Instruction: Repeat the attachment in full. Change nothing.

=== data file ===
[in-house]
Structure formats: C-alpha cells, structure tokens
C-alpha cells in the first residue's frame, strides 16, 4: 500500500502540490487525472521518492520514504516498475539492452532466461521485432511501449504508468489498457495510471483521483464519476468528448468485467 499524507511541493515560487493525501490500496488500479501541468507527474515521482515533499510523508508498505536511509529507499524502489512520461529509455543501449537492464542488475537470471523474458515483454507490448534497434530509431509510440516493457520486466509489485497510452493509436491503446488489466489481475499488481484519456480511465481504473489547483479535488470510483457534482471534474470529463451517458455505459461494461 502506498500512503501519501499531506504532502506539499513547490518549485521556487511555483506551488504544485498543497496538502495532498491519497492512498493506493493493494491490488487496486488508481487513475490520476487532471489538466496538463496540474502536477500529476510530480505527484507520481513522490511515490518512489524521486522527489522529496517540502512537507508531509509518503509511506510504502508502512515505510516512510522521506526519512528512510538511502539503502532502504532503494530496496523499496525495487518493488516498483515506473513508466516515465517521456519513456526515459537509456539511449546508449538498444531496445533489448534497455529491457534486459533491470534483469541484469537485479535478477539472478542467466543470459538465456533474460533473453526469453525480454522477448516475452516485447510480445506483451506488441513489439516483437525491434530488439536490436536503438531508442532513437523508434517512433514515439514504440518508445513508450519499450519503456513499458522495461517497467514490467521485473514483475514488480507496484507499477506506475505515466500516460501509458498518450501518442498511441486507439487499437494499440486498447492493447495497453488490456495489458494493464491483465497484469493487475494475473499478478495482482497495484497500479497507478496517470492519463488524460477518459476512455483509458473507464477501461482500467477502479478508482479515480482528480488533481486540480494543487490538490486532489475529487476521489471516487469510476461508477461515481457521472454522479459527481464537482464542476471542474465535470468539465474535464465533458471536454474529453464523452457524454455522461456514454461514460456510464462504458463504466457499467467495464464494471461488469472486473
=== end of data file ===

[in-house]
Structure formats: C-alpha cells, structure tokens
C-alpha cells in the first residue's frame, strides 16, 4: 500500500502540490487525472521518492520514504516498475539492452532466461521485432511501449504508468489498457495510471483521483464519476468528448468485467 499524507511541493515560487493525501490500496488500479501541468507527474515521482515533499510523508508498505536511509529507499524502489512520461529509455543501449537492464542488475537470471523474458515483454507490448534497434530509431509510440516493457520486466509489485497510452493509436491503446488489466489481475499488481484519456480511465481504473489547483479535488470510483457534482471534474470529463451517458455505459461494461 502506498500512503501519501499531506504532502506539499513547490518549485521556487511555483506551488504544485498543497496538502495532498491519497492512498493506493493493494491490488487496486488508481487513475490520476487532471489538466496538463496540474502536477500529476510530480505527484507520481513522490511515490518512489524521486522527489522529496517540502512537507508531509509518503509511506510504502508502512515505510516512510522521506526519512528512510538511502539503502532502504532503494530496496523499496525495487518493488516498483515506473513508466516515465517521456519513456526515459537509456539511449546508449538498444531496445533489448534497455529491457534486459533491470534483469541484469537485479535478477539472478542467466543470459538465456533474460533473453526469453525480454522477448516475452516485447510480445506483451506488441513489439516483437525491434530488439536490436536503438531508442532513437523508434517512433514515439514504440518508445513508450519499450519503456513499458522495461517497467514490467521485473514483475514488480507496484507499477506506475505515466500516460501509458498518450501518442498511441486507439487499437494499440486498447492493447495497453488490456495489458494493464491483465497484469493487475494475473499478478495482482497495484497500479497507478496517470492519463488524460477518459476512455483509458473507464477501461482500467477502479478508482479515480482528480488533481486540480494543487490538490486532489475529487476521489471516487469510476461508477461515481457521472454522479459527481464537482464542476471542474465535470468539465474535464465533458471536454474529453464523452457524454455522461456514454461514460456510464462504458463504466457499467467495464464494471461488469472486473